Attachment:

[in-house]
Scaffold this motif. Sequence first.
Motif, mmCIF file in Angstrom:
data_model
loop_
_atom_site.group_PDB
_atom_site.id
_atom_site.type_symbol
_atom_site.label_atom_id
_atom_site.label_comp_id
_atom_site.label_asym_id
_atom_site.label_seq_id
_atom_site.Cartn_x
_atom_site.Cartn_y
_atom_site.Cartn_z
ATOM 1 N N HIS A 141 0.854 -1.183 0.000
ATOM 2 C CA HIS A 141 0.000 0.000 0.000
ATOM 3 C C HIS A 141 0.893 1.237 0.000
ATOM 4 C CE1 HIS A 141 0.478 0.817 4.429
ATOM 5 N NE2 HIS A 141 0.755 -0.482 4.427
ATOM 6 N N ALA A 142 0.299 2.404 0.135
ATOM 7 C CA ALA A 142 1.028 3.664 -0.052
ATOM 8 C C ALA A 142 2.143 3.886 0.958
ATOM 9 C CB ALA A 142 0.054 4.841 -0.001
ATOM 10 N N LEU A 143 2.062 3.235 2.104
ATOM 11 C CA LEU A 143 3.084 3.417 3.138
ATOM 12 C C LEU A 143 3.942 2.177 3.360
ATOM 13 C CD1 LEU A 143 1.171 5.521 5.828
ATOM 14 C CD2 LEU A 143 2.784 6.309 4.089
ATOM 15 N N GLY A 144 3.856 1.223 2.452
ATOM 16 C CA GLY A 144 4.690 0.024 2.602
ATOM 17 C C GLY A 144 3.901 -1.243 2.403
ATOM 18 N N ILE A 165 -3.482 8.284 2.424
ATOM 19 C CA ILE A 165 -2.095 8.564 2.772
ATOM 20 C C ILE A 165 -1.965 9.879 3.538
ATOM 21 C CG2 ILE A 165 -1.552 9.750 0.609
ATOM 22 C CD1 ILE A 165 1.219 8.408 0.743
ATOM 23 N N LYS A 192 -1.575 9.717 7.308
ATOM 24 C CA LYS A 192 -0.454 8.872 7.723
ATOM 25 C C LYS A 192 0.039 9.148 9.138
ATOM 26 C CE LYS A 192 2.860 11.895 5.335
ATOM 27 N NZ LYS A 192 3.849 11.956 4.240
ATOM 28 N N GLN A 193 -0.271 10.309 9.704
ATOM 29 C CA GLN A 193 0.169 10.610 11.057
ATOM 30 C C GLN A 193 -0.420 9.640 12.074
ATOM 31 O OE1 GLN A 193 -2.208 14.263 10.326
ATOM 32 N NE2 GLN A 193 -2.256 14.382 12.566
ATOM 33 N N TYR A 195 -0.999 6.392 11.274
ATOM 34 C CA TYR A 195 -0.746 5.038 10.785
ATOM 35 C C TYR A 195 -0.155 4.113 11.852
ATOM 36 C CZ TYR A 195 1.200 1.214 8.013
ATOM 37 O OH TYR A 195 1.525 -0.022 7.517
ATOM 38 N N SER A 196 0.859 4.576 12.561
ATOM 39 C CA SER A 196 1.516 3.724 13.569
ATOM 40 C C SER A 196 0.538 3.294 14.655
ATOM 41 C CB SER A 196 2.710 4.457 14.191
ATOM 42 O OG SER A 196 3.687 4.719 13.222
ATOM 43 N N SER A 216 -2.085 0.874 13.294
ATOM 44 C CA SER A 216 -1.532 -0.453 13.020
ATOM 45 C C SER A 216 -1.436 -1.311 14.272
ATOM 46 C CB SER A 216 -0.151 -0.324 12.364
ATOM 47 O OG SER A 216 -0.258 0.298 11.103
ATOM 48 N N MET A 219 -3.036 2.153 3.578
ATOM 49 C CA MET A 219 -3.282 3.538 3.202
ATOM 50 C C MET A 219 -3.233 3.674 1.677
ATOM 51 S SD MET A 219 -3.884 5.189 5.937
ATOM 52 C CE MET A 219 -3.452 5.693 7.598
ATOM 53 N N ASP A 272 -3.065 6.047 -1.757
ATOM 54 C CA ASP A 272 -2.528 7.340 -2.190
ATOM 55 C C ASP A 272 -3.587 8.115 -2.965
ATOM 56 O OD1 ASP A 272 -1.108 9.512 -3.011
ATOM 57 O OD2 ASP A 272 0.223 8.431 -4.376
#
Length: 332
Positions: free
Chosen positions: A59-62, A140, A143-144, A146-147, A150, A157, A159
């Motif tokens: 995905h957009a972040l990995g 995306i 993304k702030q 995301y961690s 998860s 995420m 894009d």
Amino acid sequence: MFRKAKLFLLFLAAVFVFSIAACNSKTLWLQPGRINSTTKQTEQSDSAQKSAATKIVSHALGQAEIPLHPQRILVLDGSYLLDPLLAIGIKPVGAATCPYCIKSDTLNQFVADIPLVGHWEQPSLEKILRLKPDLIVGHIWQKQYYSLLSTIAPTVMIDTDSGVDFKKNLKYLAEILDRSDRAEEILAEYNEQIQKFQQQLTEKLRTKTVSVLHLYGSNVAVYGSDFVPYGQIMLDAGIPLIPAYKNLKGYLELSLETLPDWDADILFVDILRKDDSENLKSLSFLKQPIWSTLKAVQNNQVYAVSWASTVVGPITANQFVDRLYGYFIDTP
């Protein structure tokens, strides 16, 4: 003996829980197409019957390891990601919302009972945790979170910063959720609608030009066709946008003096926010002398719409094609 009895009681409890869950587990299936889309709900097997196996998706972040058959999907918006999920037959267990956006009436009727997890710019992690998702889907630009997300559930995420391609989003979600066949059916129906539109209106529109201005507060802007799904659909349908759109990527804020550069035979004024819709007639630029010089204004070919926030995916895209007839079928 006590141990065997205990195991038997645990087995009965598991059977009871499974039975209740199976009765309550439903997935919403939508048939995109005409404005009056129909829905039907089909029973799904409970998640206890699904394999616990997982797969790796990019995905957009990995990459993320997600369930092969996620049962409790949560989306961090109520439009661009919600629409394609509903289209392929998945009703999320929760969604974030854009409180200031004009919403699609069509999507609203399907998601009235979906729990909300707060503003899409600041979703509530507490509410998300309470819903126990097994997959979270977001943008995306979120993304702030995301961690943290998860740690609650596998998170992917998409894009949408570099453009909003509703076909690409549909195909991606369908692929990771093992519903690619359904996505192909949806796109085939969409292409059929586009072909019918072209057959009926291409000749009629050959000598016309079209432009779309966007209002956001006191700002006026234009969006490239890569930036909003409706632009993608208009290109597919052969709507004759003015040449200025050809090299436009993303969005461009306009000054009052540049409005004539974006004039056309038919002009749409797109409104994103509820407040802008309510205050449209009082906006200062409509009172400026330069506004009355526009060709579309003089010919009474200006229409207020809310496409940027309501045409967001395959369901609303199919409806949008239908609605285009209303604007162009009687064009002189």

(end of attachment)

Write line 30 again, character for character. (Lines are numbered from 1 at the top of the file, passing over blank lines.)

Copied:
ATOM 15 N N GLY A 144 3.856 1.223 2.452